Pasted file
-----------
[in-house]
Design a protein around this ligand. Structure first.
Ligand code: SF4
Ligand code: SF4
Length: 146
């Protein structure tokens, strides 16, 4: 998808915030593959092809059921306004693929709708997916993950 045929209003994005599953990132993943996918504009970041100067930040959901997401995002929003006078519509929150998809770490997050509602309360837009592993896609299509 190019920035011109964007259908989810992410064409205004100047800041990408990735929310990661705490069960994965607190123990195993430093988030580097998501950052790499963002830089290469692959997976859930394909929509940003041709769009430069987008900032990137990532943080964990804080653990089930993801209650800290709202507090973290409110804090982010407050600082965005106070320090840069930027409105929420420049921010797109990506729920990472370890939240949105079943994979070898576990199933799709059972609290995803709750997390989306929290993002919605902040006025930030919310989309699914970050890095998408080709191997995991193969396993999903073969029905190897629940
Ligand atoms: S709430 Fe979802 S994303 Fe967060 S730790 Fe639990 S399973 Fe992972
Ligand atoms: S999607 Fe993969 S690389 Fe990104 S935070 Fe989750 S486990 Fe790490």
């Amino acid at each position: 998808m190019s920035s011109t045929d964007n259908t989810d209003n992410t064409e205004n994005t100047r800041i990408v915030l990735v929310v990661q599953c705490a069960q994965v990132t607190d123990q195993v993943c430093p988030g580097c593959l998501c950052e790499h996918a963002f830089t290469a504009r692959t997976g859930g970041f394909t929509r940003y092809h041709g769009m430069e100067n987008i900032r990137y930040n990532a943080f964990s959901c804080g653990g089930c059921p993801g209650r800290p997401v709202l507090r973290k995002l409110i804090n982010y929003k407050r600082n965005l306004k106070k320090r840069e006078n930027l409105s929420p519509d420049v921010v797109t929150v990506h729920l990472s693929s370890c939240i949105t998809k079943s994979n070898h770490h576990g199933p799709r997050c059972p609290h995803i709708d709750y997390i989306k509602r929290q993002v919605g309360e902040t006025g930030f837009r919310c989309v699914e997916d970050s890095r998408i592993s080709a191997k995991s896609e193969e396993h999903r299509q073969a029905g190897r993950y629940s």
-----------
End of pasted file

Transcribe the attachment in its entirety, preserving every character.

[in-house]
Design a protein around this ligand. Structure first.
Ligand code: SF4
Ligand code: SF4
Length: 146
């Protein structure tokens, strides 16, 4: 998808915030593959092809059921306004693929709708997916993950 045929209003994005599953990132993943996918504009970041100067930040959901997401995002929003006078519509929150998809770490997050509602309360837009592993896609299509 190019920035011109964007259908989810992410064409205004100047800041990408990735929310990661705490069960994965607190123990195993430093988030580097998501950052790499963002830089290469692959997976859930394909929509940003041709769009430069987008900032990137990532943080964990804080653990089930993801209650800290709202507090973290409110804090982010407050600082965005106070320090840069930027409105929420420049921010797109990506729920990472370890939240949105079943994979070898576990199933799709059972609290995803709750997390989306929290993002919605902040006025930030919310989309699914970050890095998408080709191997995991193969396993999903073969029905190897629940
Ligand atoms: S709430 Fe979802 S994303 Fe967060 S730790 Fe639990 S399973 Fe992972
Ligand atoms: S999607 Fe993969 S690389 Fe990104 S935070 Fe989750 S486990 Fe790490």
């Amino acid at each position: 998808m190019s920035s011109t045929d964007n259908t989810d209003n992410t064409e205004n994005t100047r800041i990408v915030l990735v929310v990661q599953c705490a069960q994965v990132t607190d123990q195993v993943c430093p988030g580097c593959l998501c950052e790499h996918a963002f830089t290469a504009r692959t997976g859930g970041f394909t929509r940003y092809h041709g769009m430069e100067n987008i900032r990137y930040n990532a943080f964990s959901c804080g653990g089930c059921p993801g209650r800290p997401v709202l507090r973290k995002l409110i804090n982010y929003k407050r600082n965005l306004k106070k320090r840069e006078n930027l409105s929420p519509d420049v921010v797109t929150v990506h729920l990472s693929s370890c939240i949105t998809k079943s994979n070898h770490h576990g199933p799709r997050c059972p609290h995803i709708d709750y997390i989306k509602r929290q993002v919605g309360e902040t006025g930030f837009r919310c989309v699914e997916d970050s890095r998408i592993s080709a191997k995991s896609e193969e396993h999903r299509q073969a029905g190897r993950y629940s």